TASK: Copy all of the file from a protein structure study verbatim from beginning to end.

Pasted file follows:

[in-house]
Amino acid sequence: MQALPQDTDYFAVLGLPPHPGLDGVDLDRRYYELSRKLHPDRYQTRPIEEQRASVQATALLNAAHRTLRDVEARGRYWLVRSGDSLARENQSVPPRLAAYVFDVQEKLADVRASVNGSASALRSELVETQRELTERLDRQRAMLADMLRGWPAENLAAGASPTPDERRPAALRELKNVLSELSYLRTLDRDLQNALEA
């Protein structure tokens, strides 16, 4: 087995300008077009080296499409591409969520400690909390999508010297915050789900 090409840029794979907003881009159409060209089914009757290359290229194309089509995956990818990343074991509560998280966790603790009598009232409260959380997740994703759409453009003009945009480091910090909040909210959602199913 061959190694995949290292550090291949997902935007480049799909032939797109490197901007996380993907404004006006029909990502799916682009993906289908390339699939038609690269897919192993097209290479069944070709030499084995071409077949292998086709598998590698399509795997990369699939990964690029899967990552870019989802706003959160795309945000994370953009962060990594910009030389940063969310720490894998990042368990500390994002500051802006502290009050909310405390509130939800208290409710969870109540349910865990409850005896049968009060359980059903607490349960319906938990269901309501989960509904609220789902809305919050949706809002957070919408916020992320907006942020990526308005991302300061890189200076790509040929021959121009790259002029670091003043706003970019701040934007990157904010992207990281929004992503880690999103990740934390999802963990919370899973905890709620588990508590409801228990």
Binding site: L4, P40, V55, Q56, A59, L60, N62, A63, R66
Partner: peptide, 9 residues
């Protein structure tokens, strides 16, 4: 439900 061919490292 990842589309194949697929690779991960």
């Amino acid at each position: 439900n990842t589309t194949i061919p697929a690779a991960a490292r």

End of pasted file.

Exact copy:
[in-house]
Amino acid sequence: MQALPQDTDYFAVLGLPPHPGLDGVDLDRRYYELSRKLHPDRYQTRPIEEQRASVQATALLNAAHRTLRDVEARGRYWLVRSGDSLARENQSVPPRLAAYVFDVQEKLADVRASVNGSASALRSELVETQRELTERLDRQRAMLADMLRGWPAENLAAGASPTPDERRPAALRELKNVLSELSYLRTLDRDLQNALEA
């Protein structure tokens, strides 16, 4: 087995300008077009080296499409591409969520400690909390999508010297915050789900 090409840029794979907003881009159409060209089914009757290359290229194309089509995956990818990343074991509560998280966790603790009598009232409260959380997740994703759409453009003009945009480091910090909040909210959602199913 061959190694995949290292550090291949997902935007480049799909032939797109490197901007996380993907404004006006029909990502799916682009993906289908390339699939038609690269897919192993097209290479069944070709030499084995071409077949292998086709598998590698399509795997990369699939990964690029899967990552870019989802706003959160795309945000994370953009962060990594910009030389940063969310720490894998990042368990500390994002500051802006502290009050909310405390509130939800208290409710969870109540349910865990409850005896049968009060359980059903607490349960319906938990269901309501989960509904609220789902809305919050949706809002957070919408916020992320907006942020990526308005991302300061890189200076790509040929021959121009790259002029670091003043706003970019701040934007990157904010992207990281929004992503880690999103990740934390999802963990919370899973905890709620588990508590409801228990």
Binding site: L4, P40, V55, Q56, A59, L60, N62, A63, R66
Partner: peptide, 9 residues
């Protein structure tokens, strides 16, 4: 439900 061919490292 990842589309194949697929690779991960």
């Amino acid at each position: 439900n990842t589309t194949i061919p697929a690779a991960a490292r």